How Do You Read A Pilot Log Book?

A pilot logbook is a record of every flight he or she has ever flown. This document contains important information such as the date, time, weather conditions, altitude, airspeed, fuel consumption, etc.

Pilots usually carry their logbooks with them at all times. They also take notes during flights and write down important details. The logbook is a valuable tool for pilots because they can refer back to it whenever they want.

How Do You Read A Pilot Log Book

However, when you are first learning how to be a pilot, you might be confused on how you actually read a pilot log book.

They are full of abbreviations that only a pilot would understand. Let’s take a look at how you read a pilot log book. 

What Is A Pilot’s Logbook?

A pilot’s logbook is a record that keeps track of everything a pilot does when flying an aircraft. It includes things like:

  • Flight plans
  • Airspace restrictions
  • Weather forecasts
  • Aircraft maintenance records
  • Pilots’ logs
  • Flight history
  • Airline regulations
  • And more!

As you can see, pilot log books include lots of information about the pilot and the flights that they have taken.

If you want to know how to read one of their log books, the easiest way to do it would be to ask them what they have written, as they are much more equipped with this knowledge than you are. 

Reading A Pilot’s Log Book

The most common way to read a pilot log book is by looking through the pages in chronological order.

For example, if you were reading the pilot log book of someone who had just completed his or her first solo flight, you would start from page 1 and go through each column until you reach the end. 

Then, you would move onto the next page and continue reading.

A typical log book will have multiple columns of data for the pilot to fill in. Bear in mind that every log book is different, so you might have more or less information on a page in front of you than we are about to look into. 

However, a standard log book will look something like this.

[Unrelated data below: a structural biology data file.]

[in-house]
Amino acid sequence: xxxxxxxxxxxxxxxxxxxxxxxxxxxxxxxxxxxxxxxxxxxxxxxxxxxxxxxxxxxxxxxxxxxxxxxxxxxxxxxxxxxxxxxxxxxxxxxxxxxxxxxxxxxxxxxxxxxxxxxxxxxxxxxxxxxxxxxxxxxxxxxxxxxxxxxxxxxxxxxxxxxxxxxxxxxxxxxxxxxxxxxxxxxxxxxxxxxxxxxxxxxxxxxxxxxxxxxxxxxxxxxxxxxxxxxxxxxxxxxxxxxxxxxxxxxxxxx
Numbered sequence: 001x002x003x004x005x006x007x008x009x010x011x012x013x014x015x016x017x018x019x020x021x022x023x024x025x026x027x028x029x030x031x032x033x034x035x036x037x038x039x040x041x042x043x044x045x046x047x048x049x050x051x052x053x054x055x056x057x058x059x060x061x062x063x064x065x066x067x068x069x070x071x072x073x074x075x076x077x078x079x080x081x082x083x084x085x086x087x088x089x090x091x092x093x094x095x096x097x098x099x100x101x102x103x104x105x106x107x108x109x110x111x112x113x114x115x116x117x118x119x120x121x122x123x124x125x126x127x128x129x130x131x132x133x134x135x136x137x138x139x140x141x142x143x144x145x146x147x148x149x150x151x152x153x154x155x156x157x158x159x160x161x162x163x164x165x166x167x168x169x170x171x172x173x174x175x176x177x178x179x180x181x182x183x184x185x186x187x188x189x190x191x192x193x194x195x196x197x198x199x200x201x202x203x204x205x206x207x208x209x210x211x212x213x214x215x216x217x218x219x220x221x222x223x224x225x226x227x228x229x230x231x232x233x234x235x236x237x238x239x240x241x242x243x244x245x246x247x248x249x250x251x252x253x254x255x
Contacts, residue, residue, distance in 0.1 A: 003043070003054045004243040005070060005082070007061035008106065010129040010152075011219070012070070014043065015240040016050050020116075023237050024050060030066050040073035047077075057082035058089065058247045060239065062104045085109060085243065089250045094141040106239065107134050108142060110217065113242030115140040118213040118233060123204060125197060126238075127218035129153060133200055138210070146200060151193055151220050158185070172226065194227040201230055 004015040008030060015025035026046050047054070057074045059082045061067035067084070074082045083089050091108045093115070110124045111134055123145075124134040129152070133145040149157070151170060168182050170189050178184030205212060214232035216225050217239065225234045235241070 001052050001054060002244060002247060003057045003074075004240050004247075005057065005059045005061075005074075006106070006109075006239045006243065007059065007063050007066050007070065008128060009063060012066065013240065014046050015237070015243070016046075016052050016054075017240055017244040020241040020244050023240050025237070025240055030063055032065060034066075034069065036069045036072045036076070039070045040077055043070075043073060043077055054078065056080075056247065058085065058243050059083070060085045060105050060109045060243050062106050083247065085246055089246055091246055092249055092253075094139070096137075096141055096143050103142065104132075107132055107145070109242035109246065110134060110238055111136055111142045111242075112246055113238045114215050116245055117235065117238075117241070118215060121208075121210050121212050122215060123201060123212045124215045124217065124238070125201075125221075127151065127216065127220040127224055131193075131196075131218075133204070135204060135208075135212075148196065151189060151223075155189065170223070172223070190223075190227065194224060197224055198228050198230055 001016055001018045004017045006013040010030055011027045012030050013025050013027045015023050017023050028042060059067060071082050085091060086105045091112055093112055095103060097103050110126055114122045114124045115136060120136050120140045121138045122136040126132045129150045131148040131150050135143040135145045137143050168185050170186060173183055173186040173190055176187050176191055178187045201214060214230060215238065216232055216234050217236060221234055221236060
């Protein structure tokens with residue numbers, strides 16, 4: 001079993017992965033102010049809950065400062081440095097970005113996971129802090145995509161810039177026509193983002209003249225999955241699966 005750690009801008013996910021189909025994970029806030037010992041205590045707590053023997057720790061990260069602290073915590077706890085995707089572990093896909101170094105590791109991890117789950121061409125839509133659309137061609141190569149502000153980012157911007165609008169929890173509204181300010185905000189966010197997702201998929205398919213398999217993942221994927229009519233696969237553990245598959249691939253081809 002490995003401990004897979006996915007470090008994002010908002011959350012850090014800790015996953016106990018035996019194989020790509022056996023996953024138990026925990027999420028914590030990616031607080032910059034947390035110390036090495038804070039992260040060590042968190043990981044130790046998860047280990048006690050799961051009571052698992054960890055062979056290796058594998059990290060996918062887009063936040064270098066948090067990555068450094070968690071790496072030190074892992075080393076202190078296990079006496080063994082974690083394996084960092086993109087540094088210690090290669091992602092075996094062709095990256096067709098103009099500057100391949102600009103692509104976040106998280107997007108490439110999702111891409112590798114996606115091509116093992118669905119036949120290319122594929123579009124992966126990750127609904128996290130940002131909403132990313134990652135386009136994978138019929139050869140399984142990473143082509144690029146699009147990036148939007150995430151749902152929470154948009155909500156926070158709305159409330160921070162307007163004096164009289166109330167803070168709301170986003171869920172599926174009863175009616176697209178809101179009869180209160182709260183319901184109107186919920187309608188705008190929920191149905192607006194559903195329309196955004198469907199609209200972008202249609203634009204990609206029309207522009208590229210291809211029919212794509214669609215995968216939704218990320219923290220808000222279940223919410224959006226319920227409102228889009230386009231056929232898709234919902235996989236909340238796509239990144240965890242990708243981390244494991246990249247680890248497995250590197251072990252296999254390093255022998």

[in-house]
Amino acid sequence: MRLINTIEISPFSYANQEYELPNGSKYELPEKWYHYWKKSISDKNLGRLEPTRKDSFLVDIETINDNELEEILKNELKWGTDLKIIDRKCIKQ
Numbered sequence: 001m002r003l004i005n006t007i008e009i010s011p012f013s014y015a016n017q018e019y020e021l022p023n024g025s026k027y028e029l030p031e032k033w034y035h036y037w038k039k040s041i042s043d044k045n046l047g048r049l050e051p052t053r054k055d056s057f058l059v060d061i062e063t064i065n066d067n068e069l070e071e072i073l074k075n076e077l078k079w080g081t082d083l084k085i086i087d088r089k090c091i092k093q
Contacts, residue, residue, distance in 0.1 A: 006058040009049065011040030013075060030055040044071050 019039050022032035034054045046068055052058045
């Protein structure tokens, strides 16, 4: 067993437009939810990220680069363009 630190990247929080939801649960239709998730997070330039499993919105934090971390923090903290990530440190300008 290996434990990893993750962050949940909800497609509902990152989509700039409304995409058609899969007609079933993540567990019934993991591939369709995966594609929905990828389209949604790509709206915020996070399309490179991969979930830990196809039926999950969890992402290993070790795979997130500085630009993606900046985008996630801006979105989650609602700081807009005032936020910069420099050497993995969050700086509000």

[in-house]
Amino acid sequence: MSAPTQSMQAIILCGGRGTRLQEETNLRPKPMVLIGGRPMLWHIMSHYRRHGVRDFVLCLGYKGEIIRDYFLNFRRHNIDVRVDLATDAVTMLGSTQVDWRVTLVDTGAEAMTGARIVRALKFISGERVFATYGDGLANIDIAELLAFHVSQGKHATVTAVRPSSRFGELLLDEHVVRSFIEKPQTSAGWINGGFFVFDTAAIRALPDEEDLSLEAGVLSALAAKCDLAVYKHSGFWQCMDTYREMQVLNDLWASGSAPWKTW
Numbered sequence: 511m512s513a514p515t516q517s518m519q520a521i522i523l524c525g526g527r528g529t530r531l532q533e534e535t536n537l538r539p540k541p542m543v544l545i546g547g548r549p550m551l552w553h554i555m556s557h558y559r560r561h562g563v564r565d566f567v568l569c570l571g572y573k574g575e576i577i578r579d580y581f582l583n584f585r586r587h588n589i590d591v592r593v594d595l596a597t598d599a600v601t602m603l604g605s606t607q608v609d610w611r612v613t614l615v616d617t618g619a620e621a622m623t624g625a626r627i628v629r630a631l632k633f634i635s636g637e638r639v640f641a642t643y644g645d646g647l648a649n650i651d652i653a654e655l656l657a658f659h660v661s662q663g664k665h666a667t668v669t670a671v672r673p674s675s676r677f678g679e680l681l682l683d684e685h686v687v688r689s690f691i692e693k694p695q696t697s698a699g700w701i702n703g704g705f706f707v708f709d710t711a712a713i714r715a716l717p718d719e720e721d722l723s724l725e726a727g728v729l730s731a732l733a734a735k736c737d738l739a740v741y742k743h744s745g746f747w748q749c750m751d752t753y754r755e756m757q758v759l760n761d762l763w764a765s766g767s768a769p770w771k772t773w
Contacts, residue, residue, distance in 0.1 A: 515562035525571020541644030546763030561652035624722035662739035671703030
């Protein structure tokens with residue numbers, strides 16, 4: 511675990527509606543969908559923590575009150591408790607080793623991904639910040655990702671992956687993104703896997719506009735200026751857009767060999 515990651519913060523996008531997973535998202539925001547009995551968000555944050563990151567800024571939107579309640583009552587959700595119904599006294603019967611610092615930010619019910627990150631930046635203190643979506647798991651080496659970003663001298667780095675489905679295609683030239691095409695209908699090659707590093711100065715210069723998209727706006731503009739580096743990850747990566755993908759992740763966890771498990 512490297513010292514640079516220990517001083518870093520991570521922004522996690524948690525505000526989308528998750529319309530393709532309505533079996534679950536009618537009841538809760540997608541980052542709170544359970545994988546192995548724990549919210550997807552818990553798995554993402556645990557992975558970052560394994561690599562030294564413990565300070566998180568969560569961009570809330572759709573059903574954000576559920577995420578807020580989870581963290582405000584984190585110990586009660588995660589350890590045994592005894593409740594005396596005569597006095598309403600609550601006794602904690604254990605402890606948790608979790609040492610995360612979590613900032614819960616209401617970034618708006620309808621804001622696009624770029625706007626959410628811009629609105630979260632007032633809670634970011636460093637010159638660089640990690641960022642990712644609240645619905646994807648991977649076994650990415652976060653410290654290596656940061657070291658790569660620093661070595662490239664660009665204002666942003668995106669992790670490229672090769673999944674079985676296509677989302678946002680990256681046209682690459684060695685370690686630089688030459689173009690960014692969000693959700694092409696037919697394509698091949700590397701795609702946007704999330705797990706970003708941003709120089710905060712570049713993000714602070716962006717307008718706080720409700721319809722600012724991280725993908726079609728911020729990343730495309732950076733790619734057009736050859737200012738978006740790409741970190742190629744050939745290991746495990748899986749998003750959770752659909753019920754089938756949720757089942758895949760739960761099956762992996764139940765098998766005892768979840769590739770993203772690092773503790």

DatePlaneID NumberDepartureArrival
8/7BushcatN339BLKJKA – 13.12LICC – 2.58
8/9BombardierG356HPEGLD – 14.12EGPH – 11.01

Of course, a real pilot log book is sure to have much more information than this example that we have created above. However, this is simply a way of showing you how you might expect to see a log book filled in. 

Let’s take a closer look into all of the information that a pilot might be required to log into their log book for a single flight. 

Logged Hours

One of the first things that you should look out for when reading a pilot log book is the hours logged. These are the number of hours that the pilot has been flying since they started.

Most people think that these numbers represent the total amount of hours that the pilot flew before taking their test. But, this isn’t true.

Instead, the hours logged in a pilot log book represents the total amount of hours the pilot has flown since they received their license.

On a single log book entry, the hours that they have logged will be how long the flight took. For example, a flight that took 1 hour 35 minutes will be logged as 1.35. 

Another way that pilots log their hours is by writing the time in decimals. If you look towards the bottom of each log book page, you should see a total hours flown box.

This is where the pilot will add up all of the hours flown to demonstrate their work done for the week.